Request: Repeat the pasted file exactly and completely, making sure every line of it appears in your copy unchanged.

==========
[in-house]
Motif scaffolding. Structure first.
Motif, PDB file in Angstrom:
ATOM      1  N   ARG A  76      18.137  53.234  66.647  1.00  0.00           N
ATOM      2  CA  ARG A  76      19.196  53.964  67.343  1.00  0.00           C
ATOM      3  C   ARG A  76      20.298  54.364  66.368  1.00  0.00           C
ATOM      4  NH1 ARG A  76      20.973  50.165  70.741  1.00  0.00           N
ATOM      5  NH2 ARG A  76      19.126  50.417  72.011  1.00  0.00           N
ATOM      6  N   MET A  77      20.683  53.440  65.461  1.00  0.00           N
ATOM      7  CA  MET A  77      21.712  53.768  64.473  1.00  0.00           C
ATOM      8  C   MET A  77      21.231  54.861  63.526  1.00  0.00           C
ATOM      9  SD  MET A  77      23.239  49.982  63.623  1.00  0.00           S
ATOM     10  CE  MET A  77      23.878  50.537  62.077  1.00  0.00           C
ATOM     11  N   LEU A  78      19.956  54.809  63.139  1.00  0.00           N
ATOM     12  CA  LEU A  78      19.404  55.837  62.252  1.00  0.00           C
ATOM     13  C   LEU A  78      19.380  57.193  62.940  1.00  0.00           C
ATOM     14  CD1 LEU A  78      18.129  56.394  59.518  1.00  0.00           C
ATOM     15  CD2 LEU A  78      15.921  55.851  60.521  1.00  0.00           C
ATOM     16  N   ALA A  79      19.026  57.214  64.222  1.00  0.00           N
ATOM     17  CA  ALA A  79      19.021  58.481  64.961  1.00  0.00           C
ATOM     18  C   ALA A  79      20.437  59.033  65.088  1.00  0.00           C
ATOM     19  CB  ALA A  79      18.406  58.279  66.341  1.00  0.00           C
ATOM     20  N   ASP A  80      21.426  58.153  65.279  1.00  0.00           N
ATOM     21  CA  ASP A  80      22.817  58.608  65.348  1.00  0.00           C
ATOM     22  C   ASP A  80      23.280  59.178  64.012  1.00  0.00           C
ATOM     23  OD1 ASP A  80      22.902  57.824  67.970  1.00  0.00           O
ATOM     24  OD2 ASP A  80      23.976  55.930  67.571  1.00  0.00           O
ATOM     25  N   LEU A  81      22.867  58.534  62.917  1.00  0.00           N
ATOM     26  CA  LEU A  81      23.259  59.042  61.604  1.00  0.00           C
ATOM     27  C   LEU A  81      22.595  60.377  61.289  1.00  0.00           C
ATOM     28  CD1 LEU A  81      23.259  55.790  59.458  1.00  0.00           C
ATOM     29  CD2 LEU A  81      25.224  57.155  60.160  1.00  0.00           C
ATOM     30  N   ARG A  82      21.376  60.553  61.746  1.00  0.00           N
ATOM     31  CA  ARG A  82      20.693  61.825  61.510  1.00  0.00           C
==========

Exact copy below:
[in-house]
Motif scaffolding. Structure first.
Motif, PDB file in Angstrom:
ATOM      1  N   ARG A  76      18.137  53.234  66.647  1.00  0.00           N
ATOM      2  CA  ARG A  76      19.196  53.964  67.343  1.00  0.00           C
ATOM      3  C   ARG A  76      20.298  54.364  66.368  1.00  0.00           C
ATOM      4  NH1 ARG A  76      20.973  50.165  70.741  1.00  0.00           N
ATOM      5  NH2 ARG A  76      19.126  50.417  72.011  1.00  0.00           N
ATOM      6  N   MET A  77      20.683  53.440  65.461  1.00  0.00           N
ATOM      7  CA  MET A  77      21.712  53.768  64.473  1.00  0.00           C
ATOM      8  C   MET A  77      21.231  54.861  63.526  1.00  0.00           C
ATOM      9  SD  MET A  77      23.239  49.982  63.623  1.00  0.00           S
ATOM     10  CE  MET A  77      23.878  50.537  62.077  1.00  0.00           C
ATOM     11  N   LEU A  78      19.956  54.809  63.139  1.00  0.00           N
ATOM     12  CA  LEU A  78      19.404  55.837  62.252  1.00  0.00           C
ATOM     13  C   LEU A  78      19.380  57.193  62.940  1.00  0.00           C
ATOM     14  CD1 LEU A  78      18.129  56.394  59.518  1.00  0.00           C
ATOM     15  CD2 LEU A  78      15.921  55.851  60.521  1.00  0.00           C
ATOM     16  N   ALA A  79      19.026  57.214  64.222  1.00  0.00           N
ATOM     17  CA  ALA A  79      19.021  58.481  64.961  1.00  0.00           C
ATOM     18  C   ALA A  79      20.437  59.033  65.088  1.00  0.00           C
ATOM     19  CB  ALA A  79      18.406  58.279  66.341  1.00  0.00           C
ATOM     20  N   ASP A  80      21.426  58.153  65.279  1.00  0.00           N
ATOM     21  CA  ASP A  80      22.817  58.608  65.348  1.00  0.00           C
ATOM     22  C   ASP A  80      23.280  59.178  64.012  1.00  0.00           C
ATOM     23  OD1 ASP A  80      22.902  57.824  67.970  1.00  0.00           O
ATOM     24  OD2 ASP A  80      23.976  55.930  67.571  1.00  0.00           O
ATOM     25  N   LEU A  81      22.867  58.534  62.917  1.00  0.00           N
ATOM     26  CA  LEU A  81      23.259  59.042  61.604  1.00  0.00           C
ATOM     27  C   LEU A  81      22.595  60.377  61.289  1.00  0.00           C
ATOM     28  CD1 LEU A  81      23.259  55.790  59.458  1.00  0.00           C
ATOM     29  CD2 LEU A  81      25.224  57.155  60.160  1.00  0.00           C
ATOM     30  N   ARG A  82      21.376  60.553  61.746  1.00  0.00           N
ATOM     31  CA  ARG A  82      20.693  61.825  61.510  1.00  0.00           C